When we think about changing careers we quite often look outside of our current employer. Underneath our very noses is a chance to make a career change with less risk but it doesn’t always occur to us to do so, so here are some ideas on how we can make that change within our own organizations.
1. Get Clear
Be clear about what you want and what you’re trying to achieve. Don’t go into this without researching what your options are and what you have to do to choose and take the right option for you. When you have researched this well it should be clear to you how the rest of the internal career change process should proceed.
2. Define Your Intentions
There is no way we can have a clear career change plan unless we have a clear intention. Between your sessions of research and analysis, identify what your intention is in changing careers. Start building your plan upon that intention.
3. Examine the Organization
You need to know your organization well in order to make a career change within it. You need to have a very good sense of the company’s direction of travel. For example, is it expanding and hiring in an area that interests you? If not, you’re going to have to be quite sharp to identify areas you could slip into.
4. Put Out Feelers
You need to understand what likely opportunities there are as you make this career change. See what HR can tell you. You potentially want to feel out your colleagues in human resources quite subtly at this stage, until you’re ready to take things further.
5. Position Yourself
Once you’ve done this research and gained understanding on what you want and what’s out there, think about how you’re going to position yourself for this career transition. How easy is it going to be for your current team to release you from what you do at present? How are you going to help find and guide a successor into your role? Will the company need to recruit externally for that? How can you help with that?
6. Have a Strong Reputation
You have to have a good reputation internally. You need to be already doing a good job where you are if you expect to be moved elsewhere in the organization.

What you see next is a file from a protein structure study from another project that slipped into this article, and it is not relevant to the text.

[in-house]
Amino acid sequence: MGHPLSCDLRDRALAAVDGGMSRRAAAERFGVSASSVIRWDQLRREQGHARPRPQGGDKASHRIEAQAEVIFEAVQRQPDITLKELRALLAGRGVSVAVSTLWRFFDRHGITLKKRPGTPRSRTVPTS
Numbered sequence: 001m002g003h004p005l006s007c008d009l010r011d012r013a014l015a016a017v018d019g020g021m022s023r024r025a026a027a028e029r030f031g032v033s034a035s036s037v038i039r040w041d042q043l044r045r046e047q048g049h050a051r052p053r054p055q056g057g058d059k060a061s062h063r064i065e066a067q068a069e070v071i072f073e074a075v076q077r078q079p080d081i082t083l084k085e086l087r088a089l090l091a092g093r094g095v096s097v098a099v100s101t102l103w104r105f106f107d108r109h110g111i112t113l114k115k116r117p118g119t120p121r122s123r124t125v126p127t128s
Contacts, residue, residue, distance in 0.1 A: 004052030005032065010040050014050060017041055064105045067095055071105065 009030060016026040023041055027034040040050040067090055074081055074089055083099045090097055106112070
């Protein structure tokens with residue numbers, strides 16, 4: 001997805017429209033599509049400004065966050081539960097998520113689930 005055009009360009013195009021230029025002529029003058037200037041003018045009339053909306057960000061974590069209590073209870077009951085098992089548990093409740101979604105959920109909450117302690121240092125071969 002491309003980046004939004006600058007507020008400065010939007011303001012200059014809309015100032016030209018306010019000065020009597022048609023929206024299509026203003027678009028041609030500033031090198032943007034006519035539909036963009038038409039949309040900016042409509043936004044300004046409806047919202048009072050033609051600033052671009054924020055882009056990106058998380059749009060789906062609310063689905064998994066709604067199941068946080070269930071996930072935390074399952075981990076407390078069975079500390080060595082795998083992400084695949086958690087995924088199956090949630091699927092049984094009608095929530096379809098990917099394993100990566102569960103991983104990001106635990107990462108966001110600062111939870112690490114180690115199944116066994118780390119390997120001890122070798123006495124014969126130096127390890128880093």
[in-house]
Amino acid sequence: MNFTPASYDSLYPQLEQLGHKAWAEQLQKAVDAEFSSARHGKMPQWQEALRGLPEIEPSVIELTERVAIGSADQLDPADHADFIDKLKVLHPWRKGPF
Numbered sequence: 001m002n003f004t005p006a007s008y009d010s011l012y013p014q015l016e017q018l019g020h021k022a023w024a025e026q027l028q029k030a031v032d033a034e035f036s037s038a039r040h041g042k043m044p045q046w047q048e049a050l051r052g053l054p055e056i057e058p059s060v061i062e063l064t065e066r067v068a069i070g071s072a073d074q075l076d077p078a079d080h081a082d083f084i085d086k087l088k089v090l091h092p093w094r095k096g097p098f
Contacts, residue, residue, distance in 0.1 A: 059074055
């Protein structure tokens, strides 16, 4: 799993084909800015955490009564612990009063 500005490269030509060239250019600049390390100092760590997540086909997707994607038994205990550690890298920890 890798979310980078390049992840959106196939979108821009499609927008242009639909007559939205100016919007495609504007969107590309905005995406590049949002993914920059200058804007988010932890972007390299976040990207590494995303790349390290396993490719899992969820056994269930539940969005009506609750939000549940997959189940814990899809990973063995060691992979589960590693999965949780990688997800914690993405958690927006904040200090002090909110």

7. Prepare for Big Changes
How big of a shift is this? Just because you’re staying in the same organization, it doesn’t mean that everything else will be the same. What do you know about the area you want to move into, technically speaking? Will you be able to contribute to your new team immediately or is it going to take you time to figure out what’s what? Do you need to invest in your own learning before you take the final step? Is it a sideways move or are you seeking a promotion as you make this shift? Are you going into a different division or different branch of the business where people won’t know you? Is your reputation within the company strong enough that it transcends your current area of the business?
8. Tell Your Boss
You will of course eventually have to tell someone above you in the line of command that you want to change careers internally. Is the person you speak to going to be your immediate superior or someone even further up the line? When is the best time to talk to this person? How much have you telegraphed this move to them up to now? Is it going to be a surprise or is it something that they’ve been expecting?
9. Engage HR
HR can be a huge help or it can be a hindrance. You need to plan how you’re going to involve it in this process. It can become part of your support network as you make the shift. You changing departments may well solve some of human resources’ tactical problems in regards to succession planning and talent placement, in which case they will be delighted to hear about your plans. It may also have an impact on the recruiting of your successor so you need to be sensitive to this.
10. Get Sponsorship
Who is going to be your lead sponsor and advocate for this? It is likely to be somebody who is known to you and who you feel knows you well. They’ll have the power and influence to affect this change and not allow it to drag on too long, as this would leave anyone frustrated.
Making a career change within your organization is not always easy. The company hired you for a specific purpose and may feel rather rigidly about what it is you’re there to do. Changing the attitude of key people within the business is absolutely possible but it requires hard work on your part.
About the author
Simon North is the Founder of Position Ignition, one of the UK’s leading career consultancy companies which created the Career Ignition Club, a leading-edge online careers support and learning platform. Follow him @PosIgnition